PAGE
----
Graphic Novel Review: Fight Club 2 by Chuck Palahniuk

Fight Club 2 by Chuck Palahniuk
Series: Fight Club #2
Published by Dark Horse in May 2015
Genres: Graphic Novels, Thriller
Pages: 256 : Hardback edition
Source: Checked out from my local library
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Some imaginary friends never go away . . .

Ten years after starting Project Mayhem, he lives a mundane life. A kid, a wife. Pills to keep his destiny at bay. But it won’t last long, the wife has seen to that. He’s back where he started, but this go-round he’s got more at stake than his own life.The time has arrived . . .Rize or Die.

New York Tomes bestselling novelist Chuck Palahniuk and acclaimed artist Cameron Stewart have collaborated for one of the most highly anticipated comic book and literary events of 2015–the return of Tyler Durden. The first rule of Fight Club 2 might be not to talk about it, but Fight Club 2 is generating international headlines and will introduce a new generation of readers to Project Mayhem. 


David Fincher (Director of Fight Club) once said: “My daughter had a friend named Max. She told me ‘Fight Club’ is his favorite movie,” he said. “I told her never to talk to Max again.”

Palahniuk has also agreed with this sentiment. Fight Club (the novel and movie) are both toxic to young males who identify with the main character and the themes of blowing up society and having amazing sex with their dream manic pixie dream girl.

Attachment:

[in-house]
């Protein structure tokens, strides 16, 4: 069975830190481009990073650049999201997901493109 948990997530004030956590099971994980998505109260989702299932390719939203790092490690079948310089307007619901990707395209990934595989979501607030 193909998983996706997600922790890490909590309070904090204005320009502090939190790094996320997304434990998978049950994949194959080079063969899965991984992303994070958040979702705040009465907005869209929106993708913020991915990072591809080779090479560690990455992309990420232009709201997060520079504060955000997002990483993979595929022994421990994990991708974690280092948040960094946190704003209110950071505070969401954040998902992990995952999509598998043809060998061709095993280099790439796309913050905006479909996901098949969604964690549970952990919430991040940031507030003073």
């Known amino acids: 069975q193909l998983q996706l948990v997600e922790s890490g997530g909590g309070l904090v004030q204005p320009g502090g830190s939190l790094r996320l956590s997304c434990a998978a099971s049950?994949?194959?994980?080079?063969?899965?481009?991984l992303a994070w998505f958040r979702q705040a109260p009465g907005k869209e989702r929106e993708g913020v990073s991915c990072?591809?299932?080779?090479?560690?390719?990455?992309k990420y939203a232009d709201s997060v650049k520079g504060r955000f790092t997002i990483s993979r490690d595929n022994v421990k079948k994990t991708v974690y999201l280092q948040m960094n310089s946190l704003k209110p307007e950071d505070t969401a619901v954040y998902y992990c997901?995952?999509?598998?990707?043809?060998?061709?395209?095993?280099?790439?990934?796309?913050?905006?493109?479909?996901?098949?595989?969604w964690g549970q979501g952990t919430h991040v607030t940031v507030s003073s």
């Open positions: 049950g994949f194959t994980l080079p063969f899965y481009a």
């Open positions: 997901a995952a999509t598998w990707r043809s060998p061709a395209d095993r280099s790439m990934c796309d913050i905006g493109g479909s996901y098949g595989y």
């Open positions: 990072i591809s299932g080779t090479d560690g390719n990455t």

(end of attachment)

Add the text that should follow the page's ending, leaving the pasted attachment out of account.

Spoiler alert: This is harmful. Girls who’s messes make them endearing are not real and boys who think they can “fix” society by blowing it up and starting it all over are on the Trump side of insane, and should be avoided at all costs.

I loved the way that Fight Club 2 really discussed this and put it directly into the novel with the author literally writing himself into the pages to sometimes spoon feed the audience what they need to hear. Sure, you read Fight Club 2 because the plot from Fight Club wasn’t enough for you and you want to know what happens next, but what you get is so much more.

You get the author directly playing a hand in the plot in a very meta ideology that not a lot of graphic novels/books have done. You also get a novel chock full of imagery, history, and the ways in which Fight Club in itself is a (sometimes literal) disease.

Fight Club is important to me. I’ve done 2 school reports on the homosexual undertones (or overtones? Seriously, that movie is GAY. I also love pointing this out to dudebros who try to vehemently deny it, but it’s there. Palahniuk is also gay, so chew on that dudebros) in the movie and the book follows suit as well, if you haven’t read it. Which, come on. You totally should. It’s a trip.

Was I disappointed that this wasn’t a novel? Yeah. I like graphic novels, and I think for the way in which Fight Club is written and the story is told it was appropriate, but I was still left wanting a bit more. Still, Palahniuk did a great job as did the artists, but I wasn’t 100% satisfied.

Are we ever, though?

1 Comment

  1. I was a fan of Fight Club the novel long before it became a movie, though I think the movie stands on its own, apart from the novel.
    I am glad to hear good things about this project. Too bad it is not a novel first.
    I have read one other Pahluniak novel, ‘Choke’. It had many of the same themes.

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